The current paintings were realised under the Bagratid rulers in the last quarter of the 11th century, presumably in the 1080s. Due to their content, iconography and high technical level of realisation, they belong to the so-called “metropolitan” or “classical” school of Georgian painting, which continued, to a certain degree, the traditions of Tao-Klarjeti. The style is quite decorative, however: the modelling of the figures is rather smooth but simplified and noses and cheeks are highlighted by white. The overuse of white lines in a very graphic manner is characteristic of Georgian painting, intended to achieve very decorative effects.

The cycles painted on the walls were inspired by the liturgy and in general terms, repeat Byzantine cycles of the Great Feasts, that were elaborated during the 10th century and which were well attested in the 11th. However, there are some interesting deviations from the norm. For example, the cycles are divided into the three apses in order to subordinate the painted program to the architectonic structure of the interior space, which is innovative in terms of its organisation.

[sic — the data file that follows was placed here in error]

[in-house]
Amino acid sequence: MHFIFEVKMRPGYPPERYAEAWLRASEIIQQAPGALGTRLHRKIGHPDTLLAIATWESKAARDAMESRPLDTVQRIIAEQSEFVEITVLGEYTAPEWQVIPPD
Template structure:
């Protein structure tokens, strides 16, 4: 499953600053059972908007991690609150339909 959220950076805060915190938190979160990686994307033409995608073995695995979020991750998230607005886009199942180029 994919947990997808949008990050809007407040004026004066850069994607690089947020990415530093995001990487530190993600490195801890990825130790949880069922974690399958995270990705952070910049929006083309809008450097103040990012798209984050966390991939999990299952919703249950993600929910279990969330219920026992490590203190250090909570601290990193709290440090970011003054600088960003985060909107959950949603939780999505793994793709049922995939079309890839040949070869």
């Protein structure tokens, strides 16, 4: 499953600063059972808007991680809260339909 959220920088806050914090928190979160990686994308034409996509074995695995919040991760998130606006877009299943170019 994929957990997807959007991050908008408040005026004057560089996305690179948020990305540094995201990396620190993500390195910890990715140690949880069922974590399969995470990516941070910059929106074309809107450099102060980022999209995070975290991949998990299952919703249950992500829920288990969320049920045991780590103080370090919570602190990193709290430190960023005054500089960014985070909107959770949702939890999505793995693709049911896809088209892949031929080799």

In the main apse the figure of the Virgin holding the Christ Child dominates. Two worshipping angels surround her. This motif is similar to the ambitious monuments at Gelati or David Gareja. The Virgin stands above a row of apostles and a row of bishops in frontal poses. On either side are distributed the two parts of a Communion of the Apostles. This was a new theme in Georgia and remained rare until the end of the 12th century.

To this purely Byzantine decoration of the apse was joined a Christ Pantocrator in a medallion on the underside of the arch. The reason for this unusual arrangement is the cross of the dome, which was left in place and painted. The Christ is accompanied by St John the Baptist, Zachariah, David and Aaron as well as by two deacons on the pillars.